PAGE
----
Everything you decide about the video should always come back to, “Does my audience care?” and “How can we serve them?”
Where are you going to show your video? The company website? Social media? Email campaign? An event? I could go on and on.
Deciding this in advance will help with the number one question people consistently ask me (besides price) which is, “How long should the video be?” Where you plan to show the video will help you figure this out.
First, pick a primary channel. It’s important to do this because you will likely share the video over multiple channels. I want you to pick the most important one.
Next, think push versus pull.
Maybe the primary reason you’re producing the video is for social media. In that case, you want to make a short video (1-minute or less) because you’re pushing it on people. They didn’t ask for your video, so keep it short.
On the other hand, maybe the video is meant to live on your website. Now you’re in a pull situation. People have come to your site wanting to learn more about you, so you can make the video a little longer (3-minutes or less).
Knowing your channels will be your video-length guide.
Video isn’t about facts and figures. Video is about emotion. We’re not going after people’s minds with our videos, we’re going after their hearts, and the shortcut to the heart is storytelling.
It’s entirely possible you might not know what your story is going to be centered around when you start answering these questions, so if you need to punt on this one, it’s okay. If that happens, please come back and write it down when you know.
As always, think about your audience as you’re deciding on this. What’s a story that’s going to tap into their emotions?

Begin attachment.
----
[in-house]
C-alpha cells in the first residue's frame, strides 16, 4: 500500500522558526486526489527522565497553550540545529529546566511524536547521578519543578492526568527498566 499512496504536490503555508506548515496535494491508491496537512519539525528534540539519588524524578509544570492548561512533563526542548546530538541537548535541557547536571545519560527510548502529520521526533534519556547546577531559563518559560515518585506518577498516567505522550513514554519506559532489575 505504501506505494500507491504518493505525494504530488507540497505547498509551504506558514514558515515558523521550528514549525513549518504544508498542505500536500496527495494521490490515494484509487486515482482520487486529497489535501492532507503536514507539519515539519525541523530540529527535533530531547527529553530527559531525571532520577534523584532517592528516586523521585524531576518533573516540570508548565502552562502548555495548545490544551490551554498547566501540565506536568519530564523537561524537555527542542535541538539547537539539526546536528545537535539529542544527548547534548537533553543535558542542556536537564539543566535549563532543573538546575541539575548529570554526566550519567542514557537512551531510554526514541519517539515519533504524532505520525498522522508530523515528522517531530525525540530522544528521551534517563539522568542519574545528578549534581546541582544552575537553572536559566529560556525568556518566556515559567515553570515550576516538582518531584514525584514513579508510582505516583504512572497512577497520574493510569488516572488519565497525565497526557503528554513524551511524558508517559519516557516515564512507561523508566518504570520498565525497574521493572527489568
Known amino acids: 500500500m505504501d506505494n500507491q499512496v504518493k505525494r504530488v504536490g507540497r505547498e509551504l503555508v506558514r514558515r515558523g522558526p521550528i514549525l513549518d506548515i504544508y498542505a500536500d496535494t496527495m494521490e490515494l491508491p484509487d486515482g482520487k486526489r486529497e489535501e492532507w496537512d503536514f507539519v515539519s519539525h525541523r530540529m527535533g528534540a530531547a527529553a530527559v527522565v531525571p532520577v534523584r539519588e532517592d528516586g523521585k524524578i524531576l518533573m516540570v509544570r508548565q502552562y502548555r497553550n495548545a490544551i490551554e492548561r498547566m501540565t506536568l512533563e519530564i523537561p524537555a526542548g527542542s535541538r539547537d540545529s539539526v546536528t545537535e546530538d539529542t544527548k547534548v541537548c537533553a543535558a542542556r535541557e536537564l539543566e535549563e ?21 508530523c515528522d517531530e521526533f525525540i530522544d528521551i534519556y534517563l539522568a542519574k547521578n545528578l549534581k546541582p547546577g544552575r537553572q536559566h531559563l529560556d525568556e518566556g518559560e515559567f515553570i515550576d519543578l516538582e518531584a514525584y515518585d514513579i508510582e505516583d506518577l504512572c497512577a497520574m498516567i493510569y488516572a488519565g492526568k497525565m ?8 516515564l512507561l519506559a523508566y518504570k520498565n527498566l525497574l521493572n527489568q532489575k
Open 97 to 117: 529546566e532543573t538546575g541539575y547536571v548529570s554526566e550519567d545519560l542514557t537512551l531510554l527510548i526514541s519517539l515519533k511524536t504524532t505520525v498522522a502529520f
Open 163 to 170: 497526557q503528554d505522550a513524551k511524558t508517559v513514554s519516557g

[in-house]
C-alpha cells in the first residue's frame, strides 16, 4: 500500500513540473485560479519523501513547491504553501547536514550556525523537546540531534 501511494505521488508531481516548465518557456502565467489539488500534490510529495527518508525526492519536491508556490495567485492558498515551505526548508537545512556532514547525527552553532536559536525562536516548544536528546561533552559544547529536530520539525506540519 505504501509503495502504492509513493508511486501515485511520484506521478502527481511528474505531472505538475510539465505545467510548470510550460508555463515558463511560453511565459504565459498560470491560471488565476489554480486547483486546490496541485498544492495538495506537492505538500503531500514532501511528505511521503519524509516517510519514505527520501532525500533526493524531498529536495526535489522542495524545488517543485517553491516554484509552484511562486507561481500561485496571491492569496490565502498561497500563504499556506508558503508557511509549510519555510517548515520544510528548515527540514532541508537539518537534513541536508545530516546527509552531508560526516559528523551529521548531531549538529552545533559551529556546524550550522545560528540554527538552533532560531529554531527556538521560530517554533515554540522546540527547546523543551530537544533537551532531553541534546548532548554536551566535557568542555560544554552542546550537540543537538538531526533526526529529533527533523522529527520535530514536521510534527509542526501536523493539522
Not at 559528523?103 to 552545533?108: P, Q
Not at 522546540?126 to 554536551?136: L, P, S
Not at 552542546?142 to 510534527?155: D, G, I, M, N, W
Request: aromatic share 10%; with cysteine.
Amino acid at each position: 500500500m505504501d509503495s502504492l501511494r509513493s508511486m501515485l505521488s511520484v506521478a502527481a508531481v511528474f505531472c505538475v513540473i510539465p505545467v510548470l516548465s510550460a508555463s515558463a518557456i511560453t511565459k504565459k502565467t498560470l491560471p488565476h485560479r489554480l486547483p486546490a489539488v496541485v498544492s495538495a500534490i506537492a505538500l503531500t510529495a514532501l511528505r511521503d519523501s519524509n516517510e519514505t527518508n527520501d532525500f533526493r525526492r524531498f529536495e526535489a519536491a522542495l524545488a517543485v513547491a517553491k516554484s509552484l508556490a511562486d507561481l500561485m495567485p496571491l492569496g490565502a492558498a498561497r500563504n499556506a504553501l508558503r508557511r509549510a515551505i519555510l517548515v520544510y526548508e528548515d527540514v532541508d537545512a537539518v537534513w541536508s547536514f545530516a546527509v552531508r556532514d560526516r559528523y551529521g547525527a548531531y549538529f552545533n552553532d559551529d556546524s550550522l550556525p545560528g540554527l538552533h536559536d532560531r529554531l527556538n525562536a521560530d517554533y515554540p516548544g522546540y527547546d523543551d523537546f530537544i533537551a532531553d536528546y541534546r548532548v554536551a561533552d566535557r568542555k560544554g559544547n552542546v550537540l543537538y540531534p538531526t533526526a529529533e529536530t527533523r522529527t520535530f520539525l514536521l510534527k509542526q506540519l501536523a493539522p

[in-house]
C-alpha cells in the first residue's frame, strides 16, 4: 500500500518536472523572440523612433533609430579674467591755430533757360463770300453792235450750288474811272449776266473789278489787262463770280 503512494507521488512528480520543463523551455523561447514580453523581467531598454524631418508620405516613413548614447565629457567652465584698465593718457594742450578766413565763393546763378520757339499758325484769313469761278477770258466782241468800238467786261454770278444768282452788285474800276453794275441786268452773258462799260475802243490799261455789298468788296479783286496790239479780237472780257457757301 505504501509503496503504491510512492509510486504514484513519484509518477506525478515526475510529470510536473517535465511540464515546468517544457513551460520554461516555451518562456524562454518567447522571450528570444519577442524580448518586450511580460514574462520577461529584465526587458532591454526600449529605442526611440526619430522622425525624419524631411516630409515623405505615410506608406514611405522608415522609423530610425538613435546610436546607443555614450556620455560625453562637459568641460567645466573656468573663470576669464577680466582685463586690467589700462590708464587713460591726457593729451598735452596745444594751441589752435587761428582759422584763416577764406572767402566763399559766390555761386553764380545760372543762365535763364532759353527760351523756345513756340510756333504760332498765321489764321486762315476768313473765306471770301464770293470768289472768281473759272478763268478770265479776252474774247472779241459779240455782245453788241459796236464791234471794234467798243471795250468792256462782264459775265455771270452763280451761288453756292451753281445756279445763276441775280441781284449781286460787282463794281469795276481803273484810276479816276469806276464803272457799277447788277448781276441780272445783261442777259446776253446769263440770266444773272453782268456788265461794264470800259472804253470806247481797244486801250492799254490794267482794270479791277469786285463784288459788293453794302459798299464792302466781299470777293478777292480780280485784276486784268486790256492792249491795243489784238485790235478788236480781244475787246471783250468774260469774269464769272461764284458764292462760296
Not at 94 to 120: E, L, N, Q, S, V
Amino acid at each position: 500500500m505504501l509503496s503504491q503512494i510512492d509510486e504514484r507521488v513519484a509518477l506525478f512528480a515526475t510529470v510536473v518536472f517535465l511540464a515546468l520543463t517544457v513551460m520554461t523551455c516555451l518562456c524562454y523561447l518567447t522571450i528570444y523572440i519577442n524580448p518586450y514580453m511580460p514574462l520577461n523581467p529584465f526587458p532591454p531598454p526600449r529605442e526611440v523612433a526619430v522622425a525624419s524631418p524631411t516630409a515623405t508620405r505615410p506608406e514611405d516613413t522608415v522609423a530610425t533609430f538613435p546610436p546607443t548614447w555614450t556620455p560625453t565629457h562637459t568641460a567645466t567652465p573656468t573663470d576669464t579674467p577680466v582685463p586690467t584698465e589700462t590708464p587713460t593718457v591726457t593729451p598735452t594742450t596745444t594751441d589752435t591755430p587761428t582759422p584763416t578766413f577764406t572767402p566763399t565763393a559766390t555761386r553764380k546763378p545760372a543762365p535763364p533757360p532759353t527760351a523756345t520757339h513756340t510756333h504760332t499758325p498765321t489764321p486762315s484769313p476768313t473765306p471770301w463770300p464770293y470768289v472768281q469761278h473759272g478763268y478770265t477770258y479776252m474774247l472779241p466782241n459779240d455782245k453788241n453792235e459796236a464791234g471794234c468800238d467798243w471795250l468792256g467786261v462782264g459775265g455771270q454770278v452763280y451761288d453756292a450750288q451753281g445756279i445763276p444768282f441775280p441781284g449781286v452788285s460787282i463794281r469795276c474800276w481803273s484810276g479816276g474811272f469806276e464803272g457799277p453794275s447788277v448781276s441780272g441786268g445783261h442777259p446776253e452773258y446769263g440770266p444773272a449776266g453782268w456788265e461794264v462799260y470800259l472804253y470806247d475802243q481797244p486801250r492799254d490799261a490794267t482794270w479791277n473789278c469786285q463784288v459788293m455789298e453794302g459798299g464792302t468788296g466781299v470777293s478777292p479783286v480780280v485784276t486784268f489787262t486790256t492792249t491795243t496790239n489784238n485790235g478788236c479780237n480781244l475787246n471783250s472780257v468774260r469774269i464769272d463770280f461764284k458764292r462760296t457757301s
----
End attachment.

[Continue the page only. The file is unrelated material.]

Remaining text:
You don’t have to target big emotions, either. If you get someone to laugh or cry while watching your video, you get an A+. The good news is it’s totally fine to target smaller emotions.
Most of the time, when we produce videos for customers, we simply want the audience to feel good about that company, or we want them to feel confident in the company.
What emotion would you like your audience to feel?
Okay, you’re a communicator. This is probably the part of the project where you shine. You get that video file and you share, share, share!
But a few weeks or months go by… crickets.
When your video is the shiny new toy, it gets all sorts of attention, but then you move on to other assets, or you’ve shared that sucker so many times you’re like, “Enough already!”
No matter the reason, this isn’t going to happen to you because you now have a plan. Write down in advance where and how often you’re going to share it.
If this is a short-term campaign, easy. If it’s something more evergreen, keep at it! You don’t have to promote it every day, but make it a regular part of your content calendar.
Remember, you’re gaining new audience members all the time. Make sure they get the opportunity to watch.
You can produce the best video in the world, but if you don’t get anyone to watch… what’s the point?
A PR or marketing video is an incredible tool for your tool belt. A well-produced video with a plan is even better.
Create one of those and you’re on your way to video success.